(Note: My all-time favorite American Cancer Society tag-line -- “ACS..The Official Sponsor of Birthdays. It doesn’t get any better than that. Knowing that year after year I’ve been able to celebrate another birthday (since my original diagnosis in Dec. 2000) means so much to me. And, I know it means a lot to my family and friends. Each year has been special. There have been ups & downs, but with each passing year has come a greater understanding of life. I love being a part of an organization that supports ‘more birthdays’ and another year of life. To my fellow cancer survivors -- all I can say is “happy birthday!” Celebrate! Live life to the fullest.)
I had reached the big 50. August 9, 2002 -- my day to be the birthday girl. My family helped plan a dinner bash in my honor at a local restaurant, Taste of Italy. (This establishment closed but the owners have a new place.) See More than 20 people joined me on August 10, plus several stopped by to say hello and offer up their best wishes. We had taken over an entire area of the restaurant, and everyone was enjoying the great food and ambiance. Plus, there were lots of presents for me to open (that was a huge surprise) and a delicious cake prepared (with love) by wonderful friends who worked for a nearby Publix. See
My celebration included not only the party but a dessert get together (the night of my actual birthday) with my daughter, Adrienne, who took me out for a “yummy” brownie sundae at a nearby restaurant. The entire staff stopped what they were doing to sing “the happy birthday song.” That was fun!
I was shocked by the array of gifts I received, so many presents -- and to me, sharing this with my friends and family was the real gift. Being around their energy gave me strength. I was now 50 years old and for a few brief moments, I felt great!
I had started treatments with Procrit Go to: days prior to my birthday, a drug designed to build up my blood cells. I was officially anemic and very weak. I was hoping for a miracle. I was hoping the drug would instantly give me the energy I was lacking. Of course, no such luck. I was sleeping much more, and for longer periods of time. I made a note to ask if this was normal.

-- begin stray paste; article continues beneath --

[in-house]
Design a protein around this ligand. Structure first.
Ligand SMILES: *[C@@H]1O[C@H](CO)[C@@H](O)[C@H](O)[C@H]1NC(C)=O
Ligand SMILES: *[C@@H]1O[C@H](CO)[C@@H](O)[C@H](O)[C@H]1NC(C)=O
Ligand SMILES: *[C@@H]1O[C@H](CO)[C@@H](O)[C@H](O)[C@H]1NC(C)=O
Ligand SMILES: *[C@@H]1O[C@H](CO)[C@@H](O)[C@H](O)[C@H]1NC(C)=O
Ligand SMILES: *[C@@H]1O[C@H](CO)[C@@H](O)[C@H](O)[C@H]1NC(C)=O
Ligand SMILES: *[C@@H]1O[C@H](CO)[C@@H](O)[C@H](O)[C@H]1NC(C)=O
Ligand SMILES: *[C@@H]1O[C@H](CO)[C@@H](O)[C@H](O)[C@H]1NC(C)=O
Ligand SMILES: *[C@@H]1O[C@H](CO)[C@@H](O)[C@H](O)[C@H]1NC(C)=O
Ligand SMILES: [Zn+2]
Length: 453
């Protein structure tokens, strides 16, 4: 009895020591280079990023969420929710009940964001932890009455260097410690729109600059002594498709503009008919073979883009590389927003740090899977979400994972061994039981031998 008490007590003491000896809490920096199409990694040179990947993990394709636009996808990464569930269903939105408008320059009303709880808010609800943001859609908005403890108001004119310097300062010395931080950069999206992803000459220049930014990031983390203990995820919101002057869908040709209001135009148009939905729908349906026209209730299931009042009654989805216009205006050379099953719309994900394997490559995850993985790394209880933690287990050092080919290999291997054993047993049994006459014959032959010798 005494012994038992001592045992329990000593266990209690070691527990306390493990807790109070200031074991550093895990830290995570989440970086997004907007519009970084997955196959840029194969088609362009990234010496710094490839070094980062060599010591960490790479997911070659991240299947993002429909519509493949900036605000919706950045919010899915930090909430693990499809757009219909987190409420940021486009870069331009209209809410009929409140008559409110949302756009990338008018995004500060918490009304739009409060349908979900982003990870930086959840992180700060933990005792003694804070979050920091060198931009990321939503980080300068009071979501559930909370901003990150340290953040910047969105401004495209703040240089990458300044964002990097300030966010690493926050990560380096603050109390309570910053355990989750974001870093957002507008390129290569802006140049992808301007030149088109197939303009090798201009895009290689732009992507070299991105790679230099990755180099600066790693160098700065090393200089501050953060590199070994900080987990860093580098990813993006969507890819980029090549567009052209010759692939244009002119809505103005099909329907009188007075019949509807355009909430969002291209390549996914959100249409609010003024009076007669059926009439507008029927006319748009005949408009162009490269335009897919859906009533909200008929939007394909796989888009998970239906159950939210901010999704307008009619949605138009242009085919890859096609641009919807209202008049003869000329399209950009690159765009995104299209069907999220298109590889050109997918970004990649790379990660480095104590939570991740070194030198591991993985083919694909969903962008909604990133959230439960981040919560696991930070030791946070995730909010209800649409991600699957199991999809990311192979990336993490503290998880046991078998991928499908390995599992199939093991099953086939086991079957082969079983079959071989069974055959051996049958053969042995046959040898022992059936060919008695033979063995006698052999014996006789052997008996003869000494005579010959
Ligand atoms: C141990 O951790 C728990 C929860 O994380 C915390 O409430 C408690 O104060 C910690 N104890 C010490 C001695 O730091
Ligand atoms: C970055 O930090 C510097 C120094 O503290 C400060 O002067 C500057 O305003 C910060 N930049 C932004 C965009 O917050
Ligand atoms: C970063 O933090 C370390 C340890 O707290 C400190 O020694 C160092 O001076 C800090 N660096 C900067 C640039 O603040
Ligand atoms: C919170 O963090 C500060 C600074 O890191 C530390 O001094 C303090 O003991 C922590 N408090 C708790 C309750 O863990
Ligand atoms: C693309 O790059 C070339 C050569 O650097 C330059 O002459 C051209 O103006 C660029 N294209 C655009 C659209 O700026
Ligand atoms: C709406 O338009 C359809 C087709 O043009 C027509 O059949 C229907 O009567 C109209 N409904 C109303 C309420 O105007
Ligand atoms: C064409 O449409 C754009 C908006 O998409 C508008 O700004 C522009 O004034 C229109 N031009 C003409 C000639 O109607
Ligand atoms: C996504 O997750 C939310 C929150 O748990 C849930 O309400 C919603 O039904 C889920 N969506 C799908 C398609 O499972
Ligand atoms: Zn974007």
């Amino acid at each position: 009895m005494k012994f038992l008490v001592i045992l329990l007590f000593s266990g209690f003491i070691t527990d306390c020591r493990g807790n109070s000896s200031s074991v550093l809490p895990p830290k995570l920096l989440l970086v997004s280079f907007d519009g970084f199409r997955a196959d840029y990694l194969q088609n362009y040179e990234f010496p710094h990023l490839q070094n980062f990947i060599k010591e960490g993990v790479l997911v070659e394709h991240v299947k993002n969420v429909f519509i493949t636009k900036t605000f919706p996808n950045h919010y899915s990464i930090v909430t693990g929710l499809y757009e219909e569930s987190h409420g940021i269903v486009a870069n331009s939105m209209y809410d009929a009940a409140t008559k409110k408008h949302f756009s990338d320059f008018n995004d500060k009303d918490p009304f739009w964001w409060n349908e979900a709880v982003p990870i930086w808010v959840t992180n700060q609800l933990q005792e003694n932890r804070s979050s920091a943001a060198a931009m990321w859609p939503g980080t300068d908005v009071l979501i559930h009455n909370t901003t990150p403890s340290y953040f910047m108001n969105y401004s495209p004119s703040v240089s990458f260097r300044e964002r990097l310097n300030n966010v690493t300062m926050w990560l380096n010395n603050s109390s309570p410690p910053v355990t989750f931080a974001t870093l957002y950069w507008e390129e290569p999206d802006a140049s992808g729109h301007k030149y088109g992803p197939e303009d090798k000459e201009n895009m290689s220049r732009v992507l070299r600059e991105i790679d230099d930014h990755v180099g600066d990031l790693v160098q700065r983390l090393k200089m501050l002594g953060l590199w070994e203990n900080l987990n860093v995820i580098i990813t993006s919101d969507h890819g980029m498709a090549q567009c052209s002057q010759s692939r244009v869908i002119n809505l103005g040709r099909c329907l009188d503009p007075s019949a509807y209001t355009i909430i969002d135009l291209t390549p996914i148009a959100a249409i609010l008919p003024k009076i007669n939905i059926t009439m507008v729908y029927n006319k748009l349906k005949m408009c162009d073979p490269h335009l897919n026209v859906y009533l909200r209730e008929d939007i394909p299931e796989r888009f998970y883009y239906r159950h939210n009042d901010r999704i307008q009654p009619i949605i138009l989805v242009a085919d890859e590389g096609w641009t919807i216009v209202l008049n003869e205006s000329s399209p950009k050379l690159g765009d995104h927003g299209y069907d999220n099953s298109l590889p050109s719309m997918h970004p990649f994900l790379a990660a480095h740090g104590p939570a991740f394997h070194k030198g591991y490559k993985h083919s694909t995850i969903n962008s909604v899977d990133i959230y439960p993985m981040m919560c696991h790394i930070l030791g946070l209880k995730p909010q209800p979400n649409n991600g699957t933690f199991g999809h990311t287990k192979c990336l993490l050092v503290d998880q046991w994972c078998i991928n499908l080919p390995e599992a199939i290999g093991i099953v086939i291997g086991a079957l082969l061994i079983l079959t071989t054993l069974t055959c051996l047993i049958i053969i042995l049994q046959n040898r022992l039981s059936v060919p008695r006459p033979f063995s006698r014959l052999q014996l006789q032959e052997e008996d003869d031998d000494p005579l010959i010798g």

Per instructions from Dr. Shah, I also added a nutritional supplement to my diet. I made a shake out of Ensure along with ice cream and a banana. My taste buds were effected by the chemo, so whenever I ate, I needed to add more flavor in order to taste my food. I could not tolerate spicy foods, but needed extra “additives” to help me eat better. There were some strange things going on with my taste buds and my body overall. I developed more indigestion and anything the least bit spicy made me extremely sick to my stomach. I could not even eat tomato sauce, although ketchup was fine. I now ate my spaghetti with ketchup, but at least, I was eating.
Besides challenges with eating and the extreme fatigue caused by my low blood counts, I had not been sleeping well. I finally got a new bed, thanks to a script written by Dr. Shah. My hospital bed arrived a few days prior to my birthday (another wonderful present) and this was a real helpful device. Now, I no longer had to sleep flat on a bed or try to create a “hill” out of pillows so I would not be lying flat. Since breathing was a major problem, being able to adjust the bed was a major benefit. I could make it where my body could comfortably relax and not have as much difficulty breathing. I loved my new bed. Unfortunately, our bedroom was not designed to accommodate the extra furniture. Our full size bed was pushed against one wall, and my hospital bed was put between that bed and the other wall, with room for me to get out on either side. Not much, but enough. I could still access our closet and the bathroom. It was tight, but it work for now.
Getting a good night’s sleep was my first order of business. I needed a restful evening. Even a better nap would make a difference. Feeling exhausted was not my idea of how to begin a new year of my life. My birthday -- my fifth birthday -- was a new and exciting beginning.